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Shutdown means little to most Hoosiers in short term

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Most Hoosiers are unlikely to feel much impact as the federal government experiences a partial shutdown – unless it lasts awhile.

The U.S. Postal Service will keep operating. Most state functions backed by federal dollars will continue unabated. And unemployment, Medicaid and other benefits will continue to roll out.

The federal courts will continue to be open for now as well. But if the shutdown lasts longer than 10 days, funding for the courts could run out. Criminal proceedings would likely continue, but civil suits could be on hold, said Laura Briggs, clerk of the U.S. District Court of Southern Indiana.

“There will be no change at all in essential services for 10 days,” Briggs said. “After 10, determinations will be made.”

A standoff between majority Republicans in the House and Democrats who control the Senate have left Congress unable to pass a continuing resolution necessary to keep funding government.

House Republicans are pushing to delay or defund the federal health care law as part of the resolution, but the Senate on Monday rejected that plan just hours before the end of the federal fiscal year. Without a deal by midnight, authorization for federal spending expired.

That leaves Obama to decide what services, programs and staff to deem essential and keep funding.

Federal parks won’t be among them. Frank Doughman, superintendent of the George Rogers Clark National Historical Park in Vincennes, said the memorial would close, a move that could deny entry to as many as 100 people per day.

The Hoosier National Forest will have to furlough most of its staff, said spokeswoman Judi Perez. Still, visitors will have access to most of the forest’s 200,000 acres.

“Because we’re a national forest, we work differently from national parks,” she said. The forest “ will still be there and still be available for public use. We don’t have a way to cut off access. But people will not see our presence here. We’ll just have a few emergency personnel there.”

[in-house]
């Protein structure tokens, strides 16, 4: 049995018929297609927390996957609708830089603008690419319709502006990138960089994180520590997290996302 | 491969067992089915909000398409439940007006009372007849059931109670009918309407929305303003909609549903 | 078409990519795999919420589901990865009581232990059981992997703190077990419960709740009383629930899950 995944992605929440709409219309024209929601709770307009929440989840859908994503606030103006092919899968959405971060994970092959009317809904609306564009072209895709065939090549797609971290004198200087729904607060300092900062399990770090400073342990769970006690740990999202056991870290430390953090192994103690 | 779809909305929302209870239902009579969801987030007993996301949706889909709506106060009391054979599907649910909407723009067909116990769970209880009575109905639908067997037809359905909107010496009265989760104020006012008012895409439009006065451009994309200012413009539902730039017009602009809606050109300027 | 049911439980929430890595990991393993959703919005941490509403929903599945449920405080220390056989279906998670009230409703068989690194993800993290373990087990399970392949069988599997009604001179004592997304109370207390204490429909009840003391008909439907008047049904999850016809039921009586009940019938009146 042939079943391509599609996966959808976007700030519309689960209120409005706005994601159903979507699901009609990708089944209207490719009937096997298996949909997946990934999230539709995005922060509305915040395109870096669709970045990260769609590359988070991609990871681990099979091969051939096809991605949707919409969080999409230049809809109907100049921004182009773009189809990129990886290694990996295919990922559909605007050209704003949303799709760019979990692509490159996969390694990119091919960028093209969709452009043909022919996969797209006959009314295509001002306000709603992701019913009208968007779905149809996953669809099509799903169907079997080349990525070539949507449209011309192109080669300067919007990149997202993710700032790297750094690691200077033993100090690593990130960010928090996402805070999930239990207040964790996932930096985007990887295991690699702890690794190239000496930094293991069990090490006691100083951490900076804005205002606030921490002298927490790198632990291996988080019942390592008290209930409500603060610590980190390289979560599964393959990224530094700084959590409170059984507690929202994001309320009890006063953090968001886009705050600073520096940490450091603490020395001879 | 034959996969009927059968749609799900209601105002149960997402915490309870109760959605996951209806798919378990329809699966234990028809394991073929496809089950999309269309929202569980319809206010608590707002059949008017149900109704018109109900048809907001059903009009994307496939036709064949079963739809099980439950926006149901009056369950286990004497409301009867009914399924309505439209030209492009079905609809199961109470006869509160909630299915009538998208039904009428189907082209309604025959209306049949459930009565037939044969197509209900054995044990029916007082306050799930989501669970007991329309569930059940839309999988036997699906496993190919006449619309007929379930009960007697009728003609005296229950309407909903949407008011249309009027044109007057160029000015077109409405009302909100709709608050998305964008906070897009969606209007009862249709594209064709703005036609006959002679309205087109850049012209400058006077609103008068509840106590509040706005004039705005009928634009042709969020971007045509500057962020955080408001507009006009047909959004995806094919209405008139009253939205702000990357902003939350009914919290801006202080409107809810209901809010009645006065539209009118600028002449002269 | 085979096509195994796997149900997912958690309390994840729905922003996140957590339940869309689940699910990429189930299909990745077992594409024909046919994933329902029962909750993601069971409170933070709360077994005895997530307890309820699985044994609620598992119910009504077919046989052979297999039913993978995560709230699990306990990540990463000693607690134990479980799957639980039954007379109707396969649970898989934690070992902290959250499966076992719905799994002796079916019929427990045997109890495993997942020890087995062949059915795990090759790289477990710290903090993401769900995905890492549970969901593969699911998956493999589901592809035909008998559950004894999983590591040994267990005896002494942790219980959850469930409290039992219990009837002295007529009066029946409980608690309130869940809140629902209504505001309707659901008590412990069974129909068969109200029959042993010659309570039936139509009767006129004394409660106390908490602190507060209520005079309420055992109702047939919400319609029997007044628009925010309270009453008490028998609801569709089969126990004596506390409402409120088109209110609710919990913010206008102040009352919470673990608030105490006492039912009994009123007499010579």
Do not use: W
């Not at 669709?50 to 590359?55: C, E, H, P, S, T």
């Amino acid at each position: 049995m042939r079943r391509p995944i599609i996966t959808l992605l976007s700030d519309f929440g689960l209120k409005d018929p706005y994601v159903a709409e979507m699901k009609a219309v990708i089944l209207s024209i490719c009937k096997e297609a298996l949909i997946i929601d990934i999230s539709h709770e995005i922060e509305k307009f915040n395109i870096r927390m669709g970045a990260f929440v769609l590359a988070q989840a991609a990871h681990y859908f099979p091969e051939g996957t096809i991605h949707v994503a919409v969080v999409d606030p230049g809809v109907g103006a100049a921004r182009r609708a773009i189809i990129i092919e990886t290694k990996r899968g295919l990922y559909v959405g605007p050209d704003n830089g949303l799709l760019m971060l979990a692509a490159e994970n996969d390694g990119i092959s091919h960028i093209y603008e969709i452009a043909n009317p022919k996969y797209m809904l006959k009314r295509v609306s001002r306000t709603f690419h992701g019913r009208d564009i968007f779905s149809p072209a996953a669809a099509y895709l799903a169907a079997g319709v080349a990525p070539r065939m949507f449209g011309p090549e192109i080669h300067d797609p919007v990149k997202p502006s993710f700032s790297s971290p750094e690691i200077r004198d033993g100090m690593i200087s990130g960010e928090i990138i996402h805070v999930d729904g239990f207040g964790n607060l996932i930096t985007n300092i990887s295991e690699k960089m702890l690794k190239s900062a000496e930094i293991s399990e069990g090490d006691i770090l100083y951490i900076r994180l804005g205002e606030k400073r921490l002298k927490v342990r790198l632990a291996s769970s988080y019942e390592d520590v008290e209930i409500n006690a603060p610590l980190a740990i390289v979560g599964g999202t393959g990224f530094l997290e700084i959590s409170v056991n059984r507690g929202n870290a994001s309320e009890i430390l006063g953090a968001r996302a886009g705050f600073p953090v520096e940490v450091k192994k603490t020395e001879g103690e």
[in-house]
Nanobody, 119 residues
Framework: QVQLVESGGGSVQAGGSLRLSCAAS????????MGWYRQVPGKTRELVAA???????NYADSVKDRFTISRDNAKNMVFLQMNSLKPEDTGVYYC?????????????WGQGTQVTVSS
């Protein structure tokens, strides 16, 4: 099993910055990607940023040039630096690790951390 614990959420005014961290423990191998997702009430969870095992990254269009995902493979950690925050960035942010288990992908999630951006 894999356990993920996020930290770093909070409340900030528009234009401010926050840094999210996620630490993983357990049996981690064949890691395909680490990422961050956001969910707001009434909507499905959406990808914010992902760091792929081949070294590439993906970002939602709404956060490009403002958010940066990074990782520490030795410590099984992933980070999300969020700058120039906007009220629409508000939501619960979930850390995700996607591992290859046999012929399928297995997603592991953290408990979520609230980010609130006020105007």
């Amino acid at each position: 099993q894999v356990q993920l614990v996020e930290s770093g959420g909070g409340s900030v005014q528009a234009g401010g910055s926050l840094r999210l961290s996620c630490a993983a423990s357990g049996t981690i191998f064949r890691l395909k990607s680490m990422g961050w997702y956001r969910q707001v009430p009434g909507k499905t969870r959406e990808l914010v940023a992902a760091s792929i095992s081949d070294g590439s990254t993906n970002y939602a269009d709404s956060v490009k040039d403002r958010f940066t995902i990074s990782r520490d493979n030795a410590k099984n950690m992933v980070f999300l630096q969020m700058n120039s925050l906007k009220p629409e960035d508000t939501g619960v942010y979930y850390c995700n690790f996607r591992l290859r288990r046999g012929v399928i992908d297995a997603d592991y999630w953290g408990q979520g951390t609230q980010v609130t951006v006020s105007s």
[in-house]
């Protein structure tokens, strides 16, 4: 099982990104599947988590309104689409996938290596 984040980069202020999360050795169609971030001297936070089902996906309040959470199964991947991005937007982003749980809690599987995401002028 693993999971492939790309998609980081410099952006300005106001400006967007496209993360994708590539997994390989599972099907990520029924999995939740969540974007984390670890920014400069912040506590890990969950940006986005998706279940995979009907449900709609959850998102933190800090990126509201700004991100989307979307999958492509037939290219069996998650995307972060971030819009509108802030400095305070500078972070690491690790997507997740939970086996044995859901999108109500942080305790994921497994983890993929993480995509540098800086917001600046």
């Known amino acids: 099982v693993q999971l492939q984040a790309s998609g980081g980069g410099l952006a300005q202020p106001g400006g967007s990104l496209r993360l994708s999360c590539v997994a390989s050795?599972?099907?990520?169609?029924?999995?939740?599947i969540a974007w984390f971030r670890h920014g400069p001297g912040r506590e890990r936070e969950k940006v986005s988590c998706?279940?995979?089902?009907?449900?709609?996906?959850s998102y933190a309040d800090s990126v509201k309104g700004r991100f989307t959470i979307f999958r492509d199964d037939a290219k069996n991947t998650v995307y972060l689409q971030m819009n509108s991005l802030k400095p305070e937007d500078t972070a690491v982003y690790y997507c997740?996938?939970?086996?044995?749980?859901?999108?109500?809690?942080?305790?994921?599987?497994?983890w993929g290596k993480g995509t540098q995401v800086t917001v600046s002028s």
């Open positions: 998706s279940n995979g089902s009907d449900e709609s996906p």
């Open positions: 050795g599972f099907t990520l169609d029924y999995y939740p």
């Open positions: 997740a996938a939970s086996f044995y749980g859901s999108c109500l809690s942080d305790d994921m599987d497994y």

However, campgrounds with gates will be shuttered, she said.

Officials from Republican Gov. Mike Pence’s administration say they’re still assessing the impact a shutdown will have on state government.

“Many of the largest joint federal-state programs like Medicaid, Title I education dollars, transportation and unemployment insurance, will continue,” said Pence’s communications director, Christy Denault.

And she said the state has strong enough cash balances to fund other welfare programs and the Women, Infant and Children program through October.

Denault said it’s also unclear whether federal funding will continue to pay members of the Indiana National Guard. But she said Pence has decided to pay the guard members with state funds and seek reimbursement from federal officials later.

“If the federal government is still shut down in one week, the governor will reassess,” Denault said. “We will continue to monitor the situation and send updates as the federal government shares more information about the impact of a shutdown on federal-state programs.”

The unemployment system – which is administered and partially funded by the state – can continue without interruption for about a month, said Joe Frank, a spokesman for the agency.

“At this point, nobody is going to notice anything different,” Frank said.

Unemployment benefits will be paid, Work One offices will remain open and training programs will continue, he said. That’s in part because federal money is sent to the state in advance. But he said after about a month, the state may have to look “where we can move money around” or look at cutbacks.

“As soon as we hear something different, we’ll make sure we push that out to customers,” Frank said.

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